Ten years ago yesterday Chris Gulaptis was told he was no longer the Mayor of Maclean Shire.
Ten years ago yesterday Chris Gulaptis was told he was no longer the Mayor of Maclean Shire. Debrah Novak

‘Bitterly disappointed’ MP reflects on amalgamation

TEN years ago yesterday, Chris Gulaptis was given the sack.

It came via a voicemail message while the then-mayor of Maclean Shire was driving to an appointment.

The fact he was no longer mayor was just one of the implications of the message.

Maclean Shire no longer existed, nor did Grafton City, Copmanhurst and Pristine Waters councils, and Clarence River County Council and North Coast Water.

The message on Mr Gulaptis's phone was the news Clarence Valley Council had been created and a new era in local government had begun.

"It was the first time I'd ever been sacked and it was pretty ordinary how it was done," the now State MP for Clarence said yesterday as he was about to enter the Coalition's first joint party meeting of the year in Macquarie St.

"We were bitterly disappointed by the news, we expected we would have been given a decent hearing but that wasn't the case."

The establishment of the Clarence Valley local government area was officially announced in the Government Gazette, with local government minister Tony Kelly appointing former Copmanhurst mayor Neil Payne as administrator of the new body.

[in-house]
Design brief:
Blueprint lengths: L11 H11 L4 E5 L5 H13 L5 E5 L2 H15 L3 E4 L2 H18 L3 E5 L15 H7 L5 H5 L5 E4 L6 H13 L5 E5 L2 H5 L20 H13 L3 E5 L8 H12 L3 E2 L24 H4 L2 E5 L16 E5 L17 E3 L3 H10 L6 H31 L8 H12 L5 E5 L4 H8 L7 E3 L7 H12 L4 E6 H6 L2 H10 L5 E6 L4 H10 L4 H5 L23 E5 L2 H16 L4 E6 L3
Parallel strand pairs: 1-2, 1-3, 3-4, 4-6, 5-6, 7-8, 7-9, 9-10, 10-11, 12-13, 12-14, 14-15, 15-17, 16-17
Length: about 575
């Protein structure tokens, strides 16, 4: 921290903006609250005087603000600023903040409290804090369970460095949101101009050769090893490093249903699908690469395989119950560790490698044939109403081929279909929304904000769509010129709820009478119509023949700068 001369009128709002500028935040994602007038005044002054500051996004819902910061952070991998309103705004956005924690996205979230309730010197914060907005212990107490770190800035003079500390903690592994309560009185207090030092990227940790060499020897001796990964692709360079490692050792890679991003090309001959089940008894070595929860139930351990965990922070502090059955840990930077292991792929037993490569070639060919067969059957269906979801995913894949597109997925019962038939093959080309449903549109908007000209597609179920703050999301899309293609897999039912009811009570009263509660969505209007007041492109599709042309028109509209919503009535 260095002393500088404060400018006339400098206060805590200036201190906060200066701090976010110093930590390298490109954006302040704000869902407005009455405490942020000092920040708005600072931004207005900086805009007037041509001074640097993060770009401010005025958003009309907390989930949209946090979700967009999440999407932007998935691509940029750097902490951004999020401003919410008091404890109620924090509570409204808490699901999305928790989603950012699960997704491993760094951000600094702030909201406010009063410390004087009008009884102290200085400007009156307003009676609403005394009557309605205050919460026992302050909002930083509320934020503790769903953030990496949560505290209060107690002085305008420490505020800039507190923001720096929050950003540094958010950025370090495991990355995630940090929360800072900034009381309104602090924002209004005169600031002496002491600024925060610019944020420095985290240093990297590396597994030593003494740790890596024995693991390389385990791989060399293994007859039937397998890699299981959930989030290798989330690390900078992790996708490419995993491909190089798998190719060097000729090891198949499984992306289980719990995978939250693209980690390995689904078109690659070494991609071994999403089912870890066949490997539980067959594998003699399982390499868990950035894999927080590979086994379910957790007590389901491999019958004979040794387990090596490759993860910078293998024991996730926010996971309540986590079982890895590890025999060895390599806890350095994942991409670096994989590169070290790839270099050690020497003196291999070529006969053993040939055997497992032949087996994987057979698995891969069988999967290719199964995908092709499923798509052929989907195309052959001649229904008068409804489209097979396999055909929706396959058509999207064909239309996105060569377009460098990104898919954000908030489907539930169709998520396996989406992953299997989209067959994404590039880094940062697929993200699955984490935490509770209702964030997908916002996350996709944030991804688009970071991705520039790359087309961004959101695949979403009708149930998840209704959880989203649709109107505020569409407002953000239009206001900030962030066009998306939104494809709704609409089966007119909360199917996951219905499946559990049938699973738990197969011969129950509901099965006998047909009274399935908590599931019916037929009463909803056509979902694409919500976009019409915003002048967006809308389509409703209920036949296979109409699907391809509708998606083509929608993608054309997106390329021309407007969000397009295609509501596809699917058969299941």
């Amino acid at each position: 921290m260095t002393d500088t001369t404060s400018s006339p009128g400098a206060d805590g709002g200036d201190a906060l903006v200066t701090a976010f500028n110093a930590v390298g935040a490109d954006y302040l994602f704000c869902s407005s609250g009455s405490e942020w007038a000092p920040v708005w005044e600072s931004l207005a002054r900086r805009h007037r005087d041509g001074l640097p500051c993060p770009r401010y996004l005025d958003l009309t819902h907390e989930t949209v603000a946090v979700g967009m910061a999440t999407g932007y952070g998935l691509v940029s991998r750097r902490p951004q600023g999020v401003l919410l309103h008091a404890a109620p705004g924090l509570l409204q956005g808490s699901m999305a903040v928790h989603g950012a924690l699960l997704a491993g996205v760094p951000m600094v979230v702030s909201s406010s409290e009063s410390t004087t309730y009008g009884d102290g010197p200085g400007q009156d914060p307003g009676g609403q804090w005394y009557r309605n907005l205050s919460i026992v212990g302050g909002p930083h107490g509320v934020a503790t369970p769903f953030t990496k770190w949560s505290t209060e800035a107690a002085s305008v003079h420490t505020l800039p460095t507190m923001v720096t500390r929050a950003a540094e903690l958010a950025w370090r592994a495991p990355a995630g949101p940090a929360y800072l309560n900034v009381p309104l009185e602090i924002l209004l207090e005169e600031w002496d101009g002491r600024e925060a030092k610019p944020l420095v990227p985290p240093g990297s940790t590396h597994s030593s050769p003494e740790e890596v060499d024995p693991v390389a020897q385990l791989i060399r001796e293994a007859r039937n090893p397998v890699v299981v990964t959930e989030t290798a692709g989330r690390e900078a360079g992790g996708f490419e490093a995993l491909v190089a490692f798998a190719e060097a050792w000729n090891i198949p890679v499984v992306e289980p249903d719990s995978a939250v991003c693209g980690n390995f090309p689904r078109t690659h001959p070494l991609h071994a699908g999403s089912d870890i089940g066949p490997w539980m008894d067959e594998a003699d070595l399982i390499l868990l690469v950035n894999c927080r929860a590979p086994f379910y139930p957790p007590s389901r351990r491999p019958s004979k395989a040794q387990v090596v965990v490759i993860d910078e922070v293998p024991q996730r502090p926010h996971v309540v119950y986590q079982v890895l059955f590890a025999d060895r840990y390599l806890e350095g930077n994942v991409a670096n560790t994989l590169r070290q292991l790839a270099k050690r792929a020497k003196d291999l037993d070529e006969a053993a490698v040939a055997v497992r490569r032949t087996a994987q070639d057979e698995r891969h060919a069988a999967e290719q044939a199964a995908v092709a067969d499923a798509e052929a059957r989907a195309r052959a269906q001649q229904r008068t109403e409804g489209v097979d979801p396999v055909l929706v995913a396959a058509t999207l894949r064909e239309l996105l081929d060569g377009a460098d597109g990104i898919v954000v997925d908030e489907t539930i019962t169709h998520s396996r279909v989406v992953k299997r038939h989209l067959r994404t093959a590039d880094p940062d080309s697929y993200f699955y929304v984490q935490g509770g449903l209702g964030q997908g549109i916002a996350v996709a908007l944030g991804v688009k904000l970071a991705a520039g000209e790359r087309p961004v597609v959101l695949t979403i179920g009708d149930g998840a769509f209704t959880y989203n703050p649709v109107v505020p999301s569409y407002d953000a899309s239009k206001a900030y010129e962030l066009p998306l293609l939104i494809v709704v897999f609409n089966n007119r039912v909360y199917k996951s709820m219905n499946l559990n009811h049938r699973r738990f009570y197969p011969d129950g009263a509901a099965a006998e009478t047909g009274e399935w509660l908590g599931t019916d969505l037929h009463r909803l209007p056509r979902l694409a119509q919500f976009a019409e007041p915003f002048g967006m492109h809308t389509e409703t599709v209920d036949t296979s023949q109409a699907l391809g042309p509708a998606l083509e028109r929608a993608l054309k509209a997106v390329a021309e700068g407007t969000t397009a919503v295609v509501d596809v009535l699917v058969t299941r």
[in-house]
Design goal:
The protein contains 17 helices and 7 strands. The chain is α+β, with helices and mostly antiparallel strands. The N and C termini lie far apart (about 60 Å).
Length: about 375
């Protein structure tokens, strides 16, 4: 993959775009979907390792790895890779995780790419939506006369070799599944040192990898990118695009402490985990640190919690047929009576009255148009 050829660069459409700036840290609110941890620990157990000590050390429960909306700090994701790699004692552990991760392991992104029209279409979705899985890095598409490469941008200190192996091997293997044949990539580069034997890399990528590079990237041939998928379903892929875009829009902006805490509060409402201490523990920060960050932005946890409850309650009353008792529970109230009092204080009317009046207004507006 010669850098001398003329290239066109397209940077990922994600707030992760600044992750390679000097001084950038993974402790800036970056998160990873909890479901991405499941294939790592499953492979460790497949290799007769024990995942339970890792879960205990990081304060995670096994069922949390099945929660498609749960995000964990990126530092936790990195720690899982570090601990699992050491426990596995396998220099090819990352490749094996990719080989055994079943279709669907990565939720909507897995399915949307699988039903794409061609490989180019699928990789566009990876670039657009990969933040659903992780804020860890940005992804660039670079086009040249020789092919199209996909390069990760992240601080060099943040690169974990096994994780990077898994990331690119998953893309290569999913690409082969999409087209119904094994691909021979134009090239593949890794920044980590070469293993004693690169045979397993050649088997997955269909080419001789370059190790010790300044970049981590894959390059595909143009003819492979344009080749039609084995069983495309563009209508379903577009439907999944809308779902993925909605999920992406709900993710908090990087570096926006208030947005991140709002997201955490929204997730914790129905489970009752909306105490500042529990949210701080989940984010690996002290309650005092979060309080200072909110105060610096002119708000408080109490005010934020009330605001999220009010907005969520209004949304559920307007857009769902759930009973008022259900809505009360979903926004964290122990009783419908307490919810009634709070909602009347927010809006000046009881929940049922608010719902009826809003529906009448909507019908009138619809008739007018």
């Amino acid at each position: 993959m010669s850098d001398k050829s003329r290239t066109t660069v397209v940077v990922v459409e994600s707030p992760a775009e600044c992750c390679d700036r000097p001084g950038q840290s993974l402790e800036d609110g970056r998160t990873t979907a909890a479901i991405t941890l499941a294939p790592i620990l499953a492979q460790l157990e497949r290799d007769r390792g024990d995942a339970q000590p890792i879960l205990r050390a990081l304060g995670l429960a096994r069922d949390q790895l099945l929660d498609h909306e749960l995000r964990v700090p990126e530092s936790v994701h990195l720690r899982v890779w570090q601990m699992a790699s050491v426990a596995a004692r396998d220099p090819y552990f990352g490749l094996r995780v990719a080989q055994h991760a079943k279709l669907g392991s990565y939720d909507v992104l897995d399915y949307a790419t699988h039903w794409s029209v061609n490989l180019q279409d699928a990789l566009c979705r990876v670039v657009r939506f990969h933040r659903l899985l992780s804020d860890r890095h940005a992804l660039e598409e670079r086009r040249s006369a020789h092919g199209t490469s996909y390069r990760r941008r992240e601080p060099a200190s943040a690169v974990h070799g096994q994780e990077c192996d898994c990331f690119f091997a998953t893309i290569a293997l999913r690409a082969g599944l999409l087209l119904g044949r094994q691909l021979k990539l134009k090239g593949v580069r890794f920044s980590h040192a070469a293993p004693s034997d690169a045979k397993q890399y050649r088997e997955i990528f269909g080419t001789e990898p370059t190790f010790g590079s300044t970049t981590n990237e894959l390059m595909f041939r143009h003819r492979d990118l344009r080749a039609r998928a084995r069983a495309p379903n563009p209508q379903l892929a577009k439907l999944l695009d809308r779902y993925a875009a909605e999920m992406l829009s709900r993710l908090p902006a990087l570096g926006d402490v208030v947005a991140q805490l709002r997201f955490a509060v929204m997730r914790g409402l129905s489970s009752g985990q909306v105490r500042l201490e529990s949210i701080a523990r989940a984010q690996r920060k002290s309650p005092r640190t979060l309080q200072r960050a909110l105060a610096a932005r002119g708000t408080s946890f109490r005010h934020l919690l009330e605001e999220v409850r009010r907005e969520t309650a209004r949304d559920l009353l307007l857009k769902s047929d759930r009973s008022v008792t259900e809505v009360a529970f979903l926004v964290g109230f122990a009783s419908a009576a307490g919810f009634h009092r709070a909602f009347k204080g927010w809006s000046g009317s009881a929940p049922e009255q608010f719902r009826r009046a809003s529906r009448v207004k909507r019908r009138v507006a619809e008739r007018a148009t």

Elections were scheduled for March 5, 2005.

Among the boundary changes, Red Rock and Corindi became part of the Coffs Harbour City Council LGA.

Mr Kelly estimated there would be savings of up to $5.2 million in the first year of the new council, but Mr Gulaptis said Labor failed by not providing enough financial help.

"I was very disappointed with the financial support," Mr Gulaptis said.

"It (the council) could have done with $4-5 million to ease the pain."

The man leading Clarence Valley Council 10 years down the track, Mayor Richie Williamson, yesterday pointed to "great steps" in infrastructure - including sewerage upgrades worth $100million, Shannon Creek Dam and the soon-to-be-opened regional library - as a benefit of amalgamation.

"My view is the amalgamation is and has been positive for the region, and the best years of the council are ahead of us," he said.



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